To keep your starter fed you will simply add about 1 cup of flour and 1 cup of water daily. (Remember this can be more or less depending on the ratio that works best for your starter.)

Also, remember you can place your sourdough starter in the refrigerator to take a break from feedings. I would only recommend this once you have a fully matured starter.

Cover and secure with a rubber band.

And that’s it!

It is important to know that you do want to feed your starter every day to prevent your starter from spoiling.

SIGNS THAT YOUR STARTER MAY HAVE SPOILED:

Typically sourdough starter is pretty resilient and almost impossible to destroy when consistent good feedings are routine.

When your starter is stored and covered properly.

And when using appropriate flour.

But, if your starter has begun to develop pink, orange, or black mold it’s best to throw it out.

The same is true for fuzzy mold as well.

It’s normal for a crust to develop around the rim of the bowl or jar but a healthy sourdough starter should not have mold.

And remember, if you do have to toss your starter completely it takes about 7 days to develop and mature another starter.

HOW MUCH SOURDOUGH STARTER TO USE FOR A LOAF

There are endless recipes for making a sourdough loaf of bread.

Often it depends on your preference of taste and texture.

Some popular types of sourdough bread recipes include:

  • Whole Wheat
  • Whole Grain
  • Spelt Flour
  • Brown Rice
  • Gluten-Free
  • Rye
  • Potato
  • Honey Wheat
  • No-Knead
  • Soda Bread

Just to name a few!

My favorite classic soft, sandwich loaf bread recipe calls for only 3/4 cups of sourdough starter.

This could vary depending on the type of bread recipe you are baking.

Apart from bread, there are other recipes like sourdough waffles that call for 1 3/4 cups of starter.

Keeping a batch of sourdough starter ready to use for recipes is best, especially if you plan on cooking more meals at home and from scratch.

How To Make Sourdough Starter For Fermented Bread And Baking (From Scratch)

Recipe by Andrea Felder
Prep time

5

minutes
Fermenting

168

hours 

Fermented sourdough starter to use in delicious sourdough recipes and for baking bread. You can begin using your fermented starter in place of yeast for many recipes from scratch. Your starter can also be used to make recipes such as sourdough pancakes, sourdough waffles, pizza crust, and more!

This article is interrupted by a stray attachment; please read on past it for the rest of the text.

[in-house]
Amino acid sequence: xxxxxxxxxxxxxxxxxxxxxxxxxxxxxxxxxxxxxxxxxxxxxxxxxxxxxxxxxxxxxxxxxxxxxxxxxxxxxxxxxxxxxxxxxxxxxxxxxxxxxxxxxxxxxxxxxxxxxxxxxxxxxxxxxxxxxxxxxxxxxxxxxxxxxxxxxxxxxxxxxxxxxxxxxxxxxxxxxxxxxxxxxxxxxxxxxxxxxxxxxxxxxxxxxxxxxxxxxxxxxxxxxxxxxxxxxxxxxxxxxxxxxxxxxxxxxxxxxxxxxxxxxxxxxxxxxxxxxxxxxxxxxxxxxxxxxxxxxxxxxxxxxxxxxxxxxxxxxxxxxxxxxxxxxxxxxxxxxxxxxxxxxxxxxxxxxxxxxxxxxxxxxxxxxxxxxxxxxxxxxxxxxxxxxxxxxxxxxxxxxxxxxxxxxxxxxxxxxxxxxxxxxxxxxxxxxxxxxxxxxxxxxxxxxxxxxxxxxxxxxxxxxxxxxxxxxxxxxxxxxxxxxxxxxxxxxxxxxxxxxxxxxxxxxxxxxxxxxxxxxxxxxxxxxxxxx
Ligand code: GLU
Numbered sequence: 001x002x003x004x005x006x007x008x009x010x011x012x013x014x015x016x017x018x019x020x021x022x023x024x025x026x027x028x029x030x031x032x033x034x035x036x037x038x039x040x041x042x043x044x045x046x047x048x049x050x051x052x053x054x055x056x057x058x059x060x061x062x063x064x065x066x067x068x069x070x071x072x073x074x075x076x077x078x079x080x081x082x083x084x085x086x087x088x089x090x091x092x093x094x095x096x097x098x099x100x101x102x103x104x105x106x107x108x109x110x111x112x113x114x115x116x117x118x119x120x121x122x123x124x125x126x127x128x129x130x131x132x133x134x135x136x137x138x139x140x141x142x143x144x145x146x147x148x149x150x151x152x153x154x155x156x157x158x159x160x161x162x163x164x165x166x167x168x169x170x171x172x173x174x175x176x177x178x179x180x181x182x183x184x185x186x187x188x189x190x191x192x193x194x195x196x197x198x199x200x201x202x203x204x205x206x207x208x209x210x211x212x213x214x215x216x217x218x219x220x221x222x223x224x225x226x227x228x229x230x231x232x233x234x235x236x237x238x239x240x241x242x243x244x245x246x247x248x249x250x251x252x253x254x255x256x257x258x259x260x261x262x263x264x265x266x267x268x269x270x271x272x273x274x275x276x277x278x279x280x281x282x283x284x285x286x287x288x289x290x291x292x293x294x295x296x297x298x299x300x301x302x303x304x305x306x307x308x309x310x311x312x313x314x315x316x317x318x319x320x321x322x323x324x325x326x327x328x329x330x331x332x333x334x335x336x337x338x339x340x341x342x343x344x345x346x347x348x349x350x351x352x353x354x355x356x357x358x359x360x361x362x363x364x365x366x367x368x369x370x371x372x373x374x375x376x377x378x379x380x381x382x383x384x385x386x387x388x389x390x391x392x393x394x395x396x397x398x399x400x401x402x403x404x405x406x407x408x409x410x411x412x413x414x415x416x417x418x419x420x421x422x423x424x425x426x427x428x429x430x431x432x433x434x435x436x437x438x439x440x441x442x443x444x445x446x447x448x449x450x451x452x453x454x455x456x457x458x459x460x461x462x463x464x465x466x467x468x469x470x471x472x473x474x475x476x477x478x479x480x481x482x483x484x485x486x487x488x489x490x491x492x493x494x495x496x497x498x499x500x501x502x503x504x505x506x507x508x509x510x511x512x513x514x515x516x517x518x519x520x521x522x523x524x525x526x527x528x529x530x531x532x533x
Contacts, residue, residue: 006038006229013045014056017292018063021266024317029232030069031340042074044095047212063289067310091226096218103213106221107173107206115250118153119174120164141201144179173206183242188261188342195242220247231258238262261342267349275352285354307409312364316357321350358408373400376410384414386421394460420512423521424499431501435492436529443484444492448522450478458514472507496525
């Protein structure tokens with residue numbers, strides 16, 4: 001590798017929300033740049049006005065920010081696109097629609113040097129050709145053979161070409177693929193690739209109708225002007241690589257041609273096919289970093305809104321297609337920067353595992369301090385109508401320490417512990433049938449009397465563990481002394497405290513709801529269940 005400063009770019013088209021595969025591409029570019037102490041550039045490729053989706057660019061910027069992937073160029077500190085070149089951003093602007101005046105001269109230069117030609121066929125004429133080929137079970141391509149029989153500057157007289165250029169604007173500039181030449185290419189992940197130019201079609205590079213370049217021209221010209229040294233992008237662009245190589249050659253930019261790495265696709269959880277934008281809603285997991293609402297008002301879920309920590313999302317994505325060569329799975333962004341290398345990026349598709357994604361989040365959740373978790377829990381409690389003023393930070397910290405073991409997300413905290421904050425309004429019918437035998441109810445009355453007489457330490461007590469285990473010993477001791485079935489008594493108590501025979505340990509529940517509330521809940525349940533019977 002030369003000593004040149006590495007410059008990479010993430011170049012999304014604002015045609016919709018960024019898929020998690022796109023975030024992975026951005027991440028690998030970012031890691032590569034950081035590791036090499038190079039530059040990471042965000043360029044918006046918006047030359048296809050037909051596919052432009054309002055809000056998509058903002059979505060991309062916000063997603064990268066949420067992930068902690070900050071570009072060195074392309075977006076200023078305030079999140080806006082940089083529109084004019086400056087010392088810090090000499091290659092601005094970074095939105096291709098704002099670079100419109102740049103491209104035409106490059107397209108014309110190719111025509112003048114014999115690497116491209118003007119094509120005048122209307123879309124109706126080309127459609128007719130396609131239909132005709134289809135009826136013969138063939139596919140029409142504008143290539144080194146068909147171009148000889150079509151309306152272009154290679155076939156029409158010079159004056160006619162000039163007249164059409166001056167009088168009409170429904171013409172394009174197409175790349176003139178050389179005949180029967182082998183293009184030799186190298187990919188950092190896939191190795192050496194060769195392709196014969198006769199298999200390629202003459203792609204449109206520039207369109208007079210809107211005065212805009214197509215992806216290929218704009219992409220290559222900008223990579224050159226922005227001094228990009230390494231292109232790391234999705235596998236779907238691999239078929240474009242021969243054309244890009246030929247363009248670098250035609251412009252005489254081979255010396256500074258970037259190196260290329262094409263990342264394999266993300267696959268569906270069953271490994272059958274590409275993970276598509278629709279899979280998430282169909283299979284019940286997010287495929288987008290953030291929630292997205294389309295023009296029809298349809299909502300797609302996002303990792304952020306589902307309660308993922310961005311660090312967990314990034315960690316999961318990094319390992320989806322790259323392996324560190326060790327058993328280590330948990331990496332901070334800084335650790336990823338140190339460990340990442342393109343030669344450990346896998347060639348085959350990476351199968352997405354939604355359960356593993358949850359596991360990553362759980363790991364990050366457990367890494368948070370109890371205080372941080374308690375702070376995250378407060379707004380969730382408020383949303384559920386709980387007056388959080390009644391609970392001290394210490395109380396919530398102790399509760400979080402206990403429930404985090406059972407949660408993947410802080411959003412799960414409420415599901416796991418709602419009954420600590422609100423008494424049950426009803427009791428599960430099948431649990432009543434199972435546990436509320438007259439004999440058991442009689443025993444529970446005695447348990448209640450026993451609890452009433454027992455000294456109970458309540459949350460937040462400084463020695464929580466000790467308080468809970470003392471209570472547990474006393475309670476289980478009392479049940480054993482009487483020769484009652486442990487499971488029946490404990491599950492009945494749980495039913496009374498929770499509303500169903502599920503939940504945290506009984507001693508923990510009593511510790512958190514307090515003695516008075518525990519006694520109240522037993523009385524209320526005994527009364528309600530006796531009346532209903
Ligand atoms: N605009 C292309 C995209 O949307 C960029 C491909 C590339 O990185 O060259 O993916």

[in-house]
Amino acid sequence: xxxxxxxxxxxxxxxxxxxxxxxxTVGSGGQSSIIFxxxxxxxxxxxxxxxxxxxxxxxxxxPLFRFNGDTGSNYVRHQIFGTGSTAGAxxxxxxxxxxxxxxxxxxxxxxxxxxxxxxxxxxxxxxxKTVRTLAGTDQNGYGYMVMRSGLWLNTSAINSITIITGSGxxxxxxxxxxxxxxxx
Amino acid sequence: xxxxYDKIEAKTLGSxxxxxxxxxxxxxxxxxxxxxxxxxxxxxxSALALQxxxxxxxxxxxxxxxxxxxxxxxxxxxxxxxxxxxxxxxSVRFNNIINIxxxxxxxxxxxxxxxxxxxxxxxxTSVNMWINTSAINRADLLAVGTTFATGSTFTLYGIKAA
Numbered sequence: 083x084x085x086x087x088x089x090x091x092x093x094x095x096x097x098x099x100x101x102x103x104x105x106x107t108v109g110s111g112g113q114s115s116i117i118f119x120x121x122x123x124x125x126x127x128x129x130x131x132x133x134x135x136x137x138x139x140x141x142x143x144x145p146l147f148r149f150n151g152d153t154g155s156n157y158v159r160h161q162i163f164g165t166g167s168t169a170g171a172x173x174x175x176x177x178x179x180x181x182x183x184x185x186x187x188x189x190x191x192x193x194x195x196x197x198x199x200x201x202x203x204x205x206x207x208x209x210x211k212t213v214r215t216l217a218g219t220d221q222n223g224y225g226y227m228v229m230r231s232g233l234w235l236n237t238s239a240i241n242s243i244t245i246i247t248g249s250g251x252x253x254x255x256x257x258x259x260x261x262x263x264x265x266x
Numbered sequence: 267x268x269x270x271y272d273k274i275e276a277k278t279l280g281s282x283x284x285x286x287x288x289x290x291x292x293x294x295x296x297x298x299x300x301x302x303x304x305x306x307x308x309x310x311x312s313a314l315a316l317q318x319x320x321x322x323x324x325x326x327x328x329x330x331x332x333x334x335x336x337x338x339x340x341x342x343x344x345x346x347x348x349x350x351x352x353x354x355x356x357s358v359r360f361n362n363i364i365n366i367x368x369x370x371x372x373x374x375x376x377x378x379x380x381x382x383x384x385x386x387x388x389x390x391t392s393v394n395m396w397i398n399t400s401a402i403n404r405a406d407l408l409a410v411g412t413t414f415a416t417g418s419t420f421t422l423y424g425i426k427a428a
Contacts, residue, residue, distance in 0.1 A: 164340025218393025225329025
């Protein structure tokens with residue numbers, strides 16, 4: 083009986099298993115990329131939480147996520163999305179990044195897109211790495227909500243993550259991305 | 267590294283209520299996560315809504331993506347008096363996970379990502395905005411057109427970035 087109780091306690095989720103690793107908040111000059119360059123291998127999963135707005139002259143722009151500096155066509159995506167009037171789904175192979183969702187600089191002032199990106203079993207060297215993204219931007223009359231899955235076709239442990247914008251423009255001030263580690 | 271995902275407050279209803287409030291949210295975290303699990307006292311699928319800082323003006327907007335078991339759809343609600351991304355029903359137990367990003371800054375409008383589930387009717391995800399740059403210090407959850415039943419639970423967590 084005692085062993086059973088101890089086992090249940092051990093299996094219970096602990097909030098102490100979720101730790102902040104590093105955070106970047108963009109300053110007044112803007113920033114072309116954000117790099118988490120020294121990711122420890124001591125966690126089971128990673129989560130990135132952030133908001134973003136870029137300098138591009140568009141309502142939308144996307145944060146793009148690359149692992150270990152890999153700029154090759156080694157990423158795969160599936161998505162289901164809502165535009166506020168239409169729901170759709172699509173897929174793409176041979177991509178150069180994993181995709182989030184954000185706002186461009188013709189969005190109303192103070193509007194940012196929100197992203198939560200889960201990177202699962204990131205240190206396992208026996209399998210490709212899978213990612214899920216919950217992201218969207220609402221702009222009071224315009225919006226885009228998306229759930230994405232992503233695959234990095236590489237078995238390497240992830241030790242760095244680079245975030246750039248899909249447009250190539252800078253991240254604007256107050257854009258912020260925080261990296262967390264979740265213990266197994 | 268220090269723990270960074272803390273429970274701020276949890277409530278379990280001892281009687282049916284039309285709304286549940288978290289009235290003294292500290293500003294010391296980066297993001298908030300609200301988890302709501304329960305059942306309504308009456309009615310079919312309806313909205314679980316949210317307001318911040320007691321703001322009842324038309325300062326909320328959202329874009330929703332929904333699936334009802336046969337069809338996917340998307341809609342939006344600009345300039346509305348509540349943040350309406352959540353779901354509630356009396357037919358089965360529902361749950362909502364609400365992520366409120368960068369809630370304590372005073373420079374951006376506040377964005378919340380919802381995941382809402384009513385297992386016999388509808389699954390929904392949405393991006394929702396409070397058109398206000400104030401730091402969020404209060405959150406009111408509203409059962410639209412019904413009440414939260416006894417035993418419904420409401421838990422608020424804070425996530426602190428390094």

Ingredients

  • 1 cup water

  • 1 cup flour

Directions

  • In a large jar or glass bowl pour 1 cup of flour.
  • Pour in 1 cup of water and mix well. Over time you may choose to add a little less or more water depending on the consistency preference of your choice. A good reference point is mixing the flour and water until it is the consistency of thick pancake batter. Also, remember it takes about 30 minutes or so for flour to completely absorb all the water poured. You may have to wait to see the exact consistency of the flour and water mixture.
  • Once the flour and water are mixed cover with a tea towel or a flour sack and allow to ferment for 24 hours.
  • After the flour and water mixture has fermented for 24 hours, use a measuring cup and scoop out about 1/2 cup of discard. (Discard the flour and water mixture before the completed 7-day fermentation.)
  • Once the discard has been removed repeat steps 2, 3, and 4 for 7 days.
  • You may start to see bubbles in the flour and water mixture around day 3 or 4. The starter is not fully matured this is an indication that the starter is being fed properly.
  • By day 7 your starter should be bubbly and active. At this point, you have a fully matured sourdough starter that you can begin to use in sourdough recipes.

Notes

  • When covering your sourdough starter there still needs to be slight airflow into the container. Do not use an airtight seal as this will not allow the fermenting process to develop.

SOURDOUGH AND FERMENTED BREAD BEGINNER’S GLOSSARY

How To Make Sourdough Starter For Fermented Bread And Baking

When I first began to get into fermenting bread and sourdough baking I had a problem.

There were so many terms and definitions that I did not understand.

One thing for sure as you begin to gather your sourdough recipes is that you will read and hear tons of terms and definitions that may sound confusing.

To help with that here is a list of some common terms that you may hear as you enter the world of sourdough.